The impact of interannual variability on multidecadal total ozone simulations

Fleming, E. L., C. H. Jackman, D. Weisenstein, and M. K. W. Ko (2007), The impact of interannual variability on multidecadal total ozone simulations, J. Geophys. Res., 112, D10310, doi:10.1029/2006JD007953.

We have used a two-dimensional chemistry and transport model to study the effects of interannual dynamical variability on global total ozone for 1979–2004. Long-term meteorological data from the National Centers for Environmental Prediction-National Center for Atmospheric Research (NCEP-NCAR) reanalysis-2 project and the European Center for Medium Range Weather Forecasts (ECMWF) updated reanalysis (ERA-40) are used to construct yearly dynamical fields for use in the model. The simulations qualitatively resolve much of the seasonal and interannual variability observed in long-term global total ozone data, including fluctuations related to the quasi-biennial oscillation (QBO). We performed a series of model experiments to examine the relative roles of the interannual variability, changes in halogen and volcanic aerosol loading, and the 11-year solar cycle in controlling the multidecadal ozone changes. Statistical regression is used to isolate these signals in the observed and simulated time series. At Northern midlatitudes, the simulated interannual dynamical variability acts to reinforce the chemical ozone depletion caused by the enhanced aerosol loading following the eruption of Mt. Pinatubo in 1991. However, at Southern midlatitudes, the interannual variability masks the aerosol-induced chemical effect. The simulated solar cycle response in total ozone is generally consistent with observations and is primarily due to the direct photochemical effect. The halogen-induced total ozone trend for 1979–1996 derived from the model is in good agreement with that derived from observations in the tropics and the Northern Hemisphere (NH). However, at Southern midlatitudes, the trend derived from the model is more sensitive to halogen loading than that derived from observations.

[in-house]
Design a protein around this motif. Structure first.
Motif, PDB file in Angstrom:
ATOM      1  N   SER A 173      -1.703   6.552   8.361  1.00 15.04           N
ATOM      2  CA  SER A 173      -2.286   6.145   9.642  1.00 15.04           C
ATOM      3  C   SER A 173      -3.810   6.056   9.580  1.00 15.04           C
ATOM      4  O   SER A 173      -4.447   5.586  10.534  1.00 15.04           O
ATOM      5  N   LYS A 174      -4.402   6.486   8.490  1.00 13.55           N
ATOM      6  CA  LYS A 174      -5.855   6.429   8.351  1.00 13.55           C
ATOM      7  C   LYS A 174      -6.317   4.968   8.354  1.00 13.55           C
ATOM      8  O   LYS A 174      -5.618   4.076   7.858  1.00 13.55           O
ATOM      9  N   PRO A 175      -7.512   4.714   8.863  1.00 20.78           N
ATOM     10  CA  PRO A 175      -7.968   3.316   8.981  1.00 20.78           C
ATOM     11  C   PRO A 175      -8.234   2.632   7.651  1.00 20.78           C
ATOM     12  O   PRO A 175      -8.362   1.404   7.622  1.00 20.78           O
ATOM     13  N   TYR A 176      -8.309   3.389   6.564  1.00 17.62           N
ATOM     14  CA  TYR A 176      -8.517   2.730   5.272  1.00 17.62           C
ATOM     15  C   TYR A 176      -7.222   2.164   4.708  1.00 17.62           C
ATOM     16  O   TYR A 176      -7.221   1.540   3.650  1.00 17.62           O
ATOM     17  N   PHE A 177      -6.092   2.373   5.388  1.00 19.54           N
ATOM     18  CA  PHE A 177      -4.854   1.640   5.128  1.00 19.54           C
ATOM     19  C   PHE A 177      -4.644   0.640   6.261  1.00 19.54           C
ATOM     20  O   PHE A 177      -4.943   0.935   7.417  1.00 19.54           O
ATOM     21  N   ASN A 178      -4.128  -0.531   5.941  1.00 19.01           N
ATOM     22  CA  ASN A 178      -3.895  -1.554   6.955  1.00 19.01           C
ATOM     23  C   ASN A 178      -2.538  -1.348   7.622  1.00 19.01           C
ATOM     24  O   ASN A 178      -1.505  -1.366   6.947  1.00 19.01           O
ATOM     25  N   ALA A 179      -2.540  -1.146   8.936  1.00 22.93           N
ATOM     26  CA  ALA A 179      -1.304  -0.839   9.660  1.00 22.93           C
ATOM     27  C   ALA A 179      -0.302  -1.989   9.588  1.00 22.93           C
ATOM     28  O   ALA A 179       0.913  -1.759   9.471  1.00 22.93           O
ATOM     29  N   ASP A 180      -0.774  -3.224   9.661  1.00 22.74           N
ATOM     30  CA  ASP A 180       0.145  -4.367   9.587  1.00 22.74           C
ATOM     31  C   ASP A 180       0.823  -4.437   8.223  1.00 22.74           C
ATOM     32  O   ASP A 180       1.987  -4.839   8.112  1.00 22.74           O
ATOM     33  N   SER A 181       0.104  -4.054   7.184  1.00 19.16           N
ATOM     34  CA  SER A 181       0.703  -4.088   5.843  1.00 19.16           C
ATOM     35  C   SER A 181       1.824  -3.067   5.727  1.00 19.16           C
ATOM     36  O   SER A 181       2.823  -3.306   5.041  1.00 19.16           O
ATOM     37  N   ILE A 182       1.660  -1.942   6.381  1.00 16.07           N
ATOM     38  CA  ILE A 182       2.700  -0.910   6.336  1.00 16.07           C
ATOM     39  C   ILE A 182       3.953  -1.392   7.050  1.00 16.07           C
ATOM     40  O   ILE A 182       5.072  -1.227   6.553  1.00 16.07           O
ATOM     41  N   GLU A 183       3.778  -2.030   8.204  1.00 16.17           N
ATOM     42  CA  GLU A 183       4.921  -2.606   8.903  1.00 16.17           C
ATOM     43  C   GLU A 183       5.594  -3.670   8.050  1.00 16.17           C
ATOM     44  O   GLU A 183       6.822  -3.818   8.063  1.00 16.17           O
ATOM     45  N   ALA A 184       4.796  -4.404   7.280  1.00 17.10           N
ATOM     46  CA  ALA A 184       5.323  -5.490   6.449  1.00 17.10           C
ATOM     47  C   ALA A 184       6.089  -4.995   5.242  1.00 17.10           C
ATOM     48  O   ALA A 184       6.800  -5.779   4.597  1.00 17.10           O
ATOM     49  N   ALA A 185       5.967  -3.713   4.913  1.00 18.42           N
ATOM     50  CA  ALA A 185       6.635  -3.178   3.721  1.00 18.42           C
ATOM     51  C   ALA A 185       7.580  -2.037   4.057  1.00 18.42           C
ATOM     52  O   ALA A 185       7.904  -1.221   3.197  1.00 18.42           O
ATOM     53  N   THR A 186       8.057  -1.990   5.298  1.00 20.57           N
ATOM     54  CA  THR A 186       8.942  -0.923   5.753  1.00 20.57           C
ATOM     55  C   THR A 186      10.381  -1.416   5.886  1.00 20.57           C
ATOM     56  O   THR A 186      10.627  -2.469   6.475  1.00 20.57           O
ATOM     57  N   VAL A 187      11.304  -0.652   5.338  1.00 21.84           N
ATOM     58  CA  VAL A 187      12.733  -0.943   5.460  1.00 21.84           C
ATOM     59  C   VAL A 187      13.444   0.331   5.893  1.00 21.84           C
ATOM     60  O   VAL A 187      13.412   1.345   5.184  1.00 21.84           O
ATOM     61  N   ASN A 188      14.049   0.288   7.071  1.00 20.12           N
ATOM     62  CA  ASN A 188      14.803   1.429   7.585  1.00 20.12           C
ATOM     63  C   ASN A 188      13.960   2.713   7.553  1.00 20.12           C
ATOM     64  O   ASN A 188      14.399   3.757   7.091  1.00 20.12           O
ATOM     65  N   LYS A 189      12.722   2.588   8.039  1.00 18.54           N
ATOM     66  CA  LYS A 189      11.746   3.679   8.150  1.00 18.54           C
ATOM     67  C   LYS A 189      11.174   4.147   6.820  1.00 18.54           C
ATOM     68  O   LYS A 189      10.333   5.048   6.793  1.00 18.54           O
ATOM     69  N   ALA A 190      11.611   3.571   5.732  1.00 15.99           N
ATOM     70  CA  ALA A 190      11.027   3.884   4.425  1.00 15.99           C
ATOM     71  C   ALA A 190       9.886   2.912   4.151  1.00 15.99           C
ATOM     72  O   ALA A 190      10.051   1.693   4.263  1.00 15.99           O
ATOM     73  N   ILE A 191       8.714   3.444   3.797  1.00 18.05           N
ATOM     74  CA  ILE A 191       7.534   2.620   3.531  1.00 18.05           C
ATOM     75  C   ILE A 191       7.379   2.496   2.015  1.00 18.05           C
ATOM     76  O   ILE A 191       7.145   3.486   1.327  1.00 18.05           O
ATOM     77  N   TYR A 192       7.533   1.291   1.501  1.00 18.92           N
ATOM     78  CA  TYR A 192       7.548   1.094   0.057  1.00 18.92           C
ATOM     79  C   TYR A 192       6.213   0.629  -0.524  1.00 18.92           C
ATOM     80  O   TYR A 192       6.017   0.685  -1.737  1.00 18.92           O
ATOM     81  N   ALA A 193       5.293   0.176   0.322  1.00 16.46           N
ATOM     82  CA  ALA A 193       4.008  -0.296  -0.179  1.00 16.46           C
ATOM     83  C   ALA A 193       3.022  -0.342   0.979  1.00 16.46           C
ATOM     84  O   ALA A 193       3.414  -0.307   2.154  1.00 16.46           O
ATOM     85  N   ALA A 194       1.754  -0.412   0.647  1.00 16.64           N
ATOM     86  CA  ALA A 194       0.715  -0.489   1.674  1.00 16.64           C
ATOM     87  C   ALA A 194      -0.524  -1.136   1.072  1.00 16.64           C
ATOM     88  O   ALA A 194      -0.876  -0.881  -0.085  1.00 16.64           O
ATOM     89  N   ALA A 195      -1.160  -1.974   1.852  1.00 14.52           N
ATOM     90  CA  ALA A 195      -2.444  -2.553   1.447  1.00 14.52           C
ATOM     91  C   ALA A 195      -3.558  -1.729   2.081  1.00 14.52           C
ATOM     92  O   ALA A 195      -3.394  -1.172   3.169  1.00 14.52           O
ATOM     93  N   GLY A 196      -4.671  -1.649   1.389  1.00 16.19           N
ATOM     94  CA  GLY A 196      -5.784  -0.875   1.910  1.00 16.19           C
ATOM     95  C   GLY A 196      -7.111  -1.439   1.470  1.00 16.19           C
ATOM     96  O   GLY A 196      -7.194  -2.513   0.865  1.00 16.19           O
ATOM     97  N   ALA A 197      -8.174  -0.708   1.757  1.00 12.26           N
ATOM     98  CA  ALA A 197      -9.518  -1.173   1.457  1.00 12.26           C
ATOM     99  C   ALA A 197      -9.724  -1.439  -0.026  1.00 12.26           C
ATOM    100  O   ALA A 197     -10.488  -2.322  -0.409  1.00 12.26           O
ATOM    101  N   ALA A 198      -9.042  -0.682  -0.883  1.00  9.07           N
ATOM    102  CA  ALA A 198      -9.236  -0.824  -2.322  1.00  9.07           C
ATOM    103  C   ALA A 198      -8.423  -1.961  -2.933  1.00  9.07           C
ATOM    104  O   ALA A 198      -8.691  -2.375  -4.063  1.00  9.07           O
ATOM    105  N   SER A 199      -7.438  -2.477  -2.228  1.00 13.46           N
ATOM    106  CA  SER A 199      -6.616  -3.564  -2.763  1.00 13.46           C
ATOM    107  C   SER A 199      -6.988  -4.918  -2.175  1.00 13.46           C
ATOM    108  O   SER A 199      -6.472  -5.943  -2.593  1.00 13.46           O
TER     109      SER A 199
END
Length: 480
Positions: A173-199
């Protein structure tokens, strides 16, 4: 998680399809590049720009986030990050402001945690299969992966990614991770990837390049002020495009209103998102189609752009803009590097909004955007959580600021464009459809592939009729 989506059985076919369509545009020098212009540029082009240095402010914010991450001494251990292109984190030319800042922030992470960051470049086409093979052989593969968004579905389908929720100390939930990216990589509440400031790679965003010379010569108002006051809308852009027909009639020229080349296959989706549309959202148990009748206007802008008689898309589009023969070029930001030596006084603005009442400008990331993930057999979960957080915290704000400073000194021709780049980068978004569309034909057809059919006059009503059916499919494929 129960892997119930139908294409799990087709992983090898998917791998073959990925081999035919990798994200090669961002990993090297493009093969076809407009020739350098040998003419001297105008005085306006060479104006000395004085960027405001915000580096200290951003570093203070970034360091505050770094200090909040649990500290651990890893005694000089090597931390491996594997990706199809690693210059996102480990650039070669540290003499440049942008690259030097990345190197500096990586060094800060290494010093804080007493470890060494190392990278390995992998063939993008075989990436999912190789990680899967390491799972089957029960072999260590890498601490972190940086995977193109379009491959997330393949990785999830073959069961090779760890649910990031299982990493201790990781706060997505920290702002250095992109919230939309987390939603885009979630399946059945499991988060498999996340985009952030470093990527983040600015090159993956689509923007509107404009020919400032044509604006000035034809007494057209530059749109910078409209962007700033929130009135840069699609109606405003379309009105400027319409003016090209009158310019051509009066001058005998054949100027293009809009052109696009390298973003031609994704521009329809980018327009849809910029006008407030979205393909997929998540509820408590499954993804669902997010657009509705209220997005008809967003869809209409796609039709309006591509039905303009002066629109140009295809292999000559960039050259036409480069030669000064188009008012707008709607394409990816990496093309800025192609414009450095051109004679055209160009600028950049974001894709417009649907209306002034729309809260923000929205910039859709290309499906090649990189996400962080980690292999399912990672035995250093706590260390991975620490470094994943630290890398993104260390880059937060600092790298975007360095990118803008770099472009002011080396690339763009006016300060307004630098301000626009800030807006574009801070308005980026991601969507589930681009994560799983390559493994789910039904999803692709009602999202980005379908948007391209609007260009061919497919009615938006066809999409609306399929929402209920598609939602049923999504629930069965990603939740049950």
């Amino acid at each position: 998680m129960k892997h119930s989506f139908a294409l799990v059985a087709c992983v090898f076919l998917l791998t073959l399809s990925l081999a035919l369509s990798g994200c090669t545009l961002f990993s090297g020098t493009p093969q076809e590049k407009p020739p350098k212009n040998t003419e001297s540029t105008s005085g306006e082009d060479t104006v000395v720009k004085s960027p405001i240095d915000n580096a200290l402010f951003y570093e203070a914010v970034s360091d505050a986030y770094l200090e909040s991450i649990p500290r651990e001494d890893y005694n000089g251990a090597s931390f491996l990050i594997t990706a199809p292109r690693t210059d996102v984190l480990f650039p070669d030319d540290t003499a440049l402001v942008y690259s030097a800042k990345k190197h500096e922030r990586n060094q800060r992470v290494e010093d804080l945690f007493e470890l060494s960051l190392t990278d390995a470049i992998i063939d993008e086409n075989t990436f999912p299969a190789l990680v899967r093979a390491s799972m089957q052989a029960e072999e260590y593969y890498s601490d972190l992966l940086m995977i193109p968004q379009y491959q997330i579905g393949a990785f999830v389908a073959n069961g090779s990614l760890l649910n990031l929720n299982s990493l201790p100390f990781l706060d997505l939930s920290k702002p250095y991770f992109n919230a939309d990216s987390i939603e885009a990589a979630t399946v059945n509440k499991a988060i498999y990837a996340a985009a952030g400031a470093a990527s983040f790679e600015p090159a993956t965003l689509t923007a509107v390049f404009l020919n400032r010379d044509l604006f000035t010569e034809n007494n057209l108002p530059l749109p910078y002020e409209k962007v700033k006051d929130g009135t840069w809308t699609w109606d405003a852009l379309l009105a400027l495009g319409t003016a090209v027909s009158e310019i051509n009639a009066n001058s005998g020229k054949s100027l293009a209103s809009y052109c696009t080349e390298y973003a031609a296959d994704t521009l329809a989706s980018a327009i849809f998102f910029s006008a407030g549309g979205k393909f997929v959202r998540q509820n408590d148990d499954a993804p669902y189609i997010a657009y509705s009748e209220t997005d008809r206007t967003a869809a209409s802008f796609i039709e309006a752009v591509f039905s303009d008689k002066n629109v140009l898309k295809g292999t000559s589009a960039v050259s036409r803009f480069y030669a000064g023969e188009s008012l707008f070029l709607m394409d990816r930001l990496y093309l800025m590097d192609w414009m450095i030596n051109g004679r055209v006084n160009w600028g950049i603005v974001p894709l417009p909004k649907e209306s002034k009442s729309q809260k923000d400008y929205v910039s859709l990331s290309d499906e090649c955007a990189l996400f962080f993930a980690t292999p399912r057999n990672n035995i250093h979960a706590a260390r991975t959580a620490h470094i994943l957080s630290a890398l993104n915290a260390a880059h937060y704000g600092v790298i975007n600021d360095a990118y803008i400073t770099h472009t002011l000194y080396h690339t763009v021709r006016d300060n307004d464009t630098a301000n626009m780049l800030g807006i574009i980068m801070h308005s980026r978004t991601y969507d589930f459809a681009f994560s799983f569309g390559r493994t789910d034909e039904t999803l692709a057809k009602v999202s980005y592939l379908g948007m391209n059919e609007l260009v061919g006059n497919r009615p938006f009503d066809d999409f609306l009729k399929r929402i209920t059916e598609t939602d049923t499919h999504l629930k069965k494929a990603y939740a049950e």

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Atmospheric Composition Modeling and Analysis Program (ACMAP)